Despite great acting, “Noah” is unfortunately drowning in tone problems. Directed by Darren Aronofsky, “Noah” stars Russell Crowe, Jennifer Connelly, Anthony Hopkins and Emma Watson.
“Noah” faced rough seas from the beginning, with Sony testing three versions of the film to early audiences unbeknownst to Aronofsky, according to The Hollywood Reporter.
Since then, “Noah” has faced controversies from the religiously devout for the movie’s interpretation of the events from the Book of Genesis.
Often, the source material and adaptation of books to movies are two completely different arts. Adaptations have the ability to tell the same story with a different approach, look at characters with a fresh perspective and bring new elements of the story to light.
This is Aronofsky’s adaptation of the story of Noah and his ark. He certainly took all the creative liberties he wanted to (such as talking rock monsters). So if you can go into the movie ready to hang up your suspension of disbelief, you’ll probably have a good time, or at least, a better time.
Crowe plays a very compelling portrayal of Noah. Noah, in this movie, is a complex character and, at times, easy to root against. He is strong, soft-spoken, broken, disciplined, God-obeying and terrifying.
Supporting players do a fine job as well. Watson gives her all and Connelly plays Noah’s wife with gentleness and grace.
Another stand out is Logan Lerman, who had the potential to be a sore thumb in the company of great actors like Crowe, Connelly and Hopkins. Some may remember Lerman from his portrayal of Charlie in yet another adaptation, “The Perks of Being a Wallflower”.
He brings some of that same charm and naïveté, playing Noah’s youngest son Ham. The entire principal cast is giving it their all, and it’s fun to watch each of them dive into their roles.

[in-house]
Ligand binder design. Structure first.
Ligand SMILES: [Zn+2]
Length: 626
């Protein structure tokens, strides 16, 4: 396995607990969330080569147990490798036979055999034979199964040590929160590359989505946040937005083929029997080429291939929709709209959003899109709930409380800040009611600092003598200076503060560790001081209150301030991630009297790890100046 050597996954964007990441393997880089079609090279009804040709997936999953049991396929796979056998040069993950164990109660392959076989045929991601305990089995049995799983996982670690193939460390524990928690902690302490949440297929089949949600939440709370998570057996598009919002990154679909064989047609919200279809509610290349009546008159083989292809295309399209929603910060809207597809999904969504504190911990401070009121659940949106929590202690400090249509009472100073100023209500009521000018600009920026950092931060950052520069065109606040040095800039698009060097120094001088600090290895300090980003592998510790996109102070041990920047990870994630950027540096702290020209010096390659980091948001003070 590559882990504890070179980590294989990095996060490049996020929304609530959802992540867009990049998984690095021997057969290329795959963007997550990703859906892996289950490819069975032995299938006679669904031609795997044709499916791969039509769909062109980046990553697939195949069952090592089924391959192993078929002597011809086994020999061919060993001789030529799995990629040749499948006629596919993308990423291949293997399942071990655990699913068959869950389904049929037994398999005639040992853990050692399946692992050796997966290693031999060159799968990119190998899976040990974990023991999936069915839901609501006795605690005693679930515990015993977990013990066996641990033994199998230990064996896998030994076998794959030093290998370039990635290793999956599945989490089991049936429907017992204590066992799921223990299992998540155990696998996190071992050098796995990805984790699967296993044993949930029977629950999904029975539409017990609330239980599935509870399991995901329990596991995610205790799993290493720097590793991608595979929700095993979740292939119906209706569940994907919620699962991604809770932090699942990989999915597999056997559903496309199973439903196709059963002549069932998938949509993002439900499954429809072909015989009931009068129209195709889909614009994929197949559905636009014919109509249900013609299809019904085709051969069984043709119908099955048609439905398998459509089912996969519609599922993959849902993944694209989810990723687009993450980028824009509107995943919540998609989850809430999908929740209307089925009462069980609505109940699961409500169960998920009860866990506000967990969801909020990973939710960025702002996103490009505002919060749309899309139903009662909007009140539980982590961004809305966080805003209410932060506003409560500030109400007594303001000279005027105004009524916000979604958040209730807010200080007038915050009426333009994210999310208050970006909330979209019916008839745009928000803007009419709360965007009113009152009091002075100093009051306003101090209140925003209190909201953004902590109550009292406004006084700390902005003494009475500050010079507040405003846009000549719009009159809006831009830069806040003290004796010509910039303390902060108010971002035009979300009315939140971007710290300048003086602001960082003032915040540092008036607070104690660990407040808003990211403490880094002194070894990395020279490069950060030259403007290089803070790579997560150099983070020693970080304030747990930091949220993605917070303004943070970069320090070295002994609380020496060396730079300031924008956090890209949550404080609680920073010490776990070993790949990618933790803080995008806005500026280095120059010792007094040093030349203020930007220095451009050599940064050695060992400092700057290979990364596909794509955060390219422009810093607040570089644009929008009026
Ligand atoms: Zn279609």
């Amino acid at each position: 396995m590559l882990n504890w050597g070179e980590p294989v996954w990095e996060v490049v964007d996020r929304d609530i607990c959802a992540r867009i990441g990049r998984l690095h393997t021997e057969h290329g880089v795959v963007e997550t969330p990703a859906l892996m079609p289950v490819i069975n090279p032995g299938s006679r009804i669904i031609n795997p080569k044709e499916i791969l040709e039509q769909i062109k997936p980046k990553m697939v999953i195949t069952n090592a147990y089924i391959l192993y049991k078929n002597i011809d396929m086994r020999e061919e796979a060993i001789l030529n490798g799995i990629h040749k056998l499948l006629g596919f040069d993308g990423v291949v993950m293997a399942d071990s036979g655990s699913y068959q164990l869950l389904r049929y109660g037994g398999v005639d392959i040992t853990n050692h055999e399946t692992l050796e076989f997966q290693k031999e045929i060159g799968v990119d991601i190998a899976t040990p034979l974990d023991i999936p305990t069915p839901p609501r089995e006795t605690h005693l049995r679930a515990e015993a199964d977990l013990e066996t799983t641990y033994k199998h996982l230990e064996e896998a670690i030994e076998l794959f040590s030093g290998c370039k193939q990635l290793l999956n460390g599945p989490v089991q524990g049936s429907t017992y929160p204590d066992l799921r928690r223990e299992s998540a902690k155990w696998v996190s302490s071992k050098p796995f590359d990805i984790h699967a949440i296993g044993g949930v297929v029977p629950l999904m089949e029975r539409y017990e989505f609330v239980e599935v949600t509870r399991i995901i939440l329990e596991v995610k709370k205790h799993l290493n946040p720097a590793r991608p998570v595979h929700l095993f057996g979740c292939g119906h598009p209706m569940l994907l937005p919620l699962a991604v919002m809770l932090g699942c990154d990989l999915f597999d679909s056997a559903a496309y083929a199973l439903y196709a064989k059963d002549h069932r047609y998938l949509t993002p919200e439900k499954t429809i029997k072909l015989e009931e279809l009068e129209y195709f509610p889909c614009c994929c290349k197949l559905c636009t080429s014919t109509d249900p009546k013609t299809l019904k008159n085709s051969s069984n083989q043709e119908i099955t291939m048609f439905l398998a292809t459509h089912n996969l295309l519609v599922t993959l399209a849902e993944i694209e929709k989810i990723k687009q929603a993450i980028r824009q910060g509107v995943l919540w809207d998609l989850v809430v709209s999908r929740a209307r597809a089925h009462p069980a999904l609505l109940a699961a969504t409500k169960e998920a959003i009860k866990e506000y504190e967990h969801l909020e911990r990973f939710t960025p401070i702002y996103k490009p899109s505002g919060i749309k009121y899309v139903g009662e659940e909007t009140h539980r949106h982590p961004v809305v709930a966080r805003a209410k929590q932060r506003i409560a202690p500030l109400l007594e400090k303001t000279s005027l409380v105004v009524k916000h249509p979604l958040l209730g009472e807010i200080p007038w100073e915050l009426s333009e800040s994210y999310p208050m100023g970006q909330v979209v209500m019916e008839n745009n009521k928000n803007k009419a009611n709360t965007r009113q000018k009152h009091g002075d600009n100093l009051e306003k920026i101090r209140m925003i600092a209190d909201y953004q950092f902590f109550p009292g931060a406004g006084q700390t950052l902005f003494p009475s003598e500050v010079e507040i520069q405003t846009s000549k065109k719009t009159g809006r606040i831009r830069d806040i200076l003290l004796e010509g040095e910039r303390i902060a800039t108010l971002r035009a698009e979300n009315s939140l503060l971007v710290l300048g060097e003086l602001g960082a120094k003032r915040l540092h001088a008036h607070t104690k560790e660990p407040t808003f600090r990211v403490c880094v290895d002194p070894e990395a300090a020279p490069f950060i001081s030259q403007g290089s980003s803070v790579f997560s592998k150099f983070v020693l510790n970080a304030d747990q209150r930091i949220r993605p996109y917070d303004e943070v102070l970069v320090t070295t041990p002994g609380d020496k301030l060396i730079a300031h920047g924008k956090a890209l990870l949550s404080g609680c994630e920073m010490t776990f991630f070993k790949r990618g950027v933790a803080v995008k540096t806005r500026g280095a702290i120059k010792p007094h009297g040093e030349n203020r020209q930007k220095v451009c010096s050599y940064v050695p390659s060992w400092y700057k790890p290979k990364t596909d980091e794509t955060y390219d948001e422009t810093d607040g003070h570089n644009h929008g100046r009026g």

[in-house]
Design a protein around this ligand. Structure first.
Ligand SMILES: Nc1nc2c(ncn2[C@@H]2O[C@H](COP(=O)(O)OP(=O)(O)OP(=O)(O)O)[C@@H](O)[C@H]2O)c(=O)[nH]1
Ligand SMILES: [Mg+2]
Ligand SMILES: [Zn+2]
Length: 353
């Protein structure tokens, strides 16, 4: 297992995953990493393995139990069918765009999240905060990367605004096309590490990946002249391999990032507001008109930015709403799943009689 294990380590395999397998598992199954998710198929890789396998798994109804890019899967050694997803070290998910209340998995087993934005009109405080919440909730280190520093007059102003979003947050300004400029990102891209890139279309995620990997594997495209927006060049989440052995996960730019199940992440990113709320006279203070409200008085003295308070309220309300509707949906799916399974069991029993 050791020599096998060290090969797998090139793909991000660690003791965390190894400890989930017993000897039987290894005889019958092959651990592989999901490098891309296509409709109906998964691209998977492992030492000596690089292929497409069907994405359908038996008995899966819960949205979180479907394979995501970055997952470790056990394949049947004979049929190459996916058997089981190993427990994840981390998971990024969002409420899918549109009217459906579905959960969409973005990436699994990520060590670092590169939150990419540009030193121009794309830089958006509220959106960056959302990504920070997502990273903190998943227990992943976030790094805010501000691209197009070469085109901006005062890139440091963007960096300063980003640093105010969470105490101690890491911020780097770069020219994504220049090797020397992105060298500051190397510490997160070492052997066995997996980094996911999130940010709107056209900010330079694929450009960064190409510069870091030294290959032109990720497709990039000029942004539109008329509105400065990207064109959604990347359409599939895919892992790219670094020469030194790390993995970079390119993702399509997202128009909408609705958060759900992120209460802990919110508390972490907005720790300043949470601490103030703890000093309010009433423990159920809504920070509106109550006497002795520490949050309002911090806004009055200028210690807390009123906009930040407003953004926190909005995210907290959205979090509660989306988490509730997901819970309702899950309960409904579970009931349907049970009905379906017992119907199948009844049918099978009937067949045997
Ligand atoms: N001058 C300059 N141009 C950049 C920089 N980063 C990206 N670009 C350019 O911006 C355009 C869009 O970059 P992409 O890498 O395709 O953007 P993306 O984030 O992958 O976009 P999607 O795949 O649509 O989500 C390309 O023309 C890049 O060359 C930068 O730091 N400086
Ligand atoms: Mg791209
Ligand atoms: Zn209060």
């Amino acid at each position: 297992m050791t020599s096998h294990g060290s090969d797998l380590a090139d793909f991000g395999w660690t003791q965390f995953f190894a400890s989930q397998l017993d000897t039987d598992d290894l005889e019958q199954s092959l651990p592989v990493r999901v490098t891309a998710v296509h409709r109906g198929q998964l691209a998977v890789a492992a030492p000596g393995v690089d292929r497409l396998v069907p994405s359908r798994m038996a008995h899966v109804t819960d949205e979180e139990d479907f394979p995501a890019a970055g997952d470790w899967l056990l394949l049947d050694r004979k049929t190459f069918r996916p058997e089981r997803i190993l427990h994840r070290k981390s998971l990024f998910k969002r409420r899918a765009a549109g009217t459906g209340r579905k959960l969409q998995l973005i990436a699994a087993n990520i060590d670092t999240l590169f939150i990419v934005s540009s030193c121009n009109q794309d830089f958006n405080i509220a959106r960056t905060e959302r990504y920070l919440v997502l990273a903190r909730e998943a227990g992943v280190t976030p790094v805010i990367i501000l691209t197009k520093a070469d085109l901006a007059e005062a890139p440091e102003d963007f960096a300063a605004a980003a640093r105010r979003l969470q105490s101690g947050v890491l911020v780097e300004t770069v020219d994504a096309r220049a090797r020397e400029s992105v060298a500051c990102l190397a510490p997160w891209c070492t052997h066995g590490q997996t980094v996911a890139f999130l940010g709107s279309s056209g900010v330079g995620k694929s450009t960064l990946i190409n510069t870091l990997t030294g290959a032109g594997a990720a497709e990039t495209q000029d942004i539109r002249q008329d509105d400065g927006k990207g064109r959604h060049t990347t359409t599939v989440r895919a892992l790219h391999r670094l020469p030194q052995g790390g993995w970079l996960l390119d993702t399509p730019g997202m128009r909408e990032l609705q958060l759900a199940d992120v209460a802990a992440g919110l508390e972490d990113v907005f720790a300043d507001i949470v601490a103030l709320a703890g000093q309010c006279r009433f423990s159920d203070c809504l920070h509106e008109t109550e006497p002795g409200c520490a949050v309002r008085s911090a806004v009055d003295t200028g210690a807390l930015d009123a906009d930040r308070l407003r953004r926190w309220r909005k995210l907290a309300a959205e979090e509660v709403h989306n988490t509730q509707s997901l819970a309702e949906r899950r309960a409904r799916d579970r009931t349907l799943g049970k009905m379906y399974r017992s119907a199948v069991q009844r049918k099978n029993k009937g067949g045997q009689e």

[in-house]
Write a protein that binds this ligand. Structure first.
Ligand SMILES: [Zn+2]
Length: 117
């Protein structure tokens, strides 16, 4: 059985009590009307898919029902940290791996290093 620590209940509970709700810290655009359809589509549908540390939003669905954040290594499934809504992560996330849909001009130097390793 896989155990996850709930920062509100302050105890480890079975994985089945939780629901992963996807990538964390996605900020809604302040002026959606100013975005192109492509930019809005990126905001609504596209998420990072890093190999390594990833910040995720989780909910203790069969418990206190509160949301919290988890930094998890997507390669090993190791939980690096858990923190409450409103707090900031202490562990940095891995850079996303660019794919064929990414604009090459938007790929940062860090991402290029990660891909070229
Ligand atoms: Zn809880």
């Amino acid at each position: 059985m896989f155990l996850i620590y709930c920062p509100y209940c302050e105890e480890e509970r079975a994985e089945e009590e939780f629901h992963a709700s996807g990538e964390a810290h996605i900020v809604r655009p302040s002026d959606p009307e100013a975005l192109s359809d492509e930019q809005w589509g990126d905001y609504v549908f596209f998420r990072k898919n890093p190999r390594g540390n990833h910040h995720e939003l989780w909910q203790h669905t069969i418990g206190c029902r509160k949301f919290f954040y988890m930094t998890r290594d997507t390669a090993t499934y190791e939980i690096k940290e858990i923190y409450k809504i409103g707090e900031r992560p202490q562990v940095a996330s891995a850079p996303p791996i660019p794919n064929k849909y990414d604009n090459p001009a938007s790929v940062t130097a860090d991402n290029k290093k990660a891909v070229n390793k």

Visually, a few moments in “Noah” stand out among the rest. The flashback scenes of the Earth being created are particularly cool to look at.
There are some beautiful landscape shots as well. However, the CGI ark animals are nothing groundbreaking, the battle scenes have been done better in other movies and the talking rock monsters border on extreme cheesiness.
Aronofsky is known for making original, darker films such as “Black Swan” and “Requiem for a Dream,” so it is disappointing to see him play it safe here. His performance as “Noah” lacks his usual innovative edge.
With that aside, I can look at “Noah” strictly as a popcorn action movie, a movie made to entertain and engage an audience. However, it fails on this front as well.
“Noah” feels like two separate movies, each with its own tonal problems. The first half is an epic battle flick with tensions between Noah and his family, and literally everyone else in the world. The second is a battle between Noah and his pseudo-adopted daughter and her unborn child(ren).
It is in the latter half I can see glimpses of the groundbreaking version of what this movie could have been, with some seriously tense and disturbing moments. Meanwhile, in the first half, I can see the potential mainstream blockbuster “Noah” could have been.
Since the film doesn’t fully commit to either side, both halves are a bit of a disappointment.
Mikayla Nicholson Staff Writer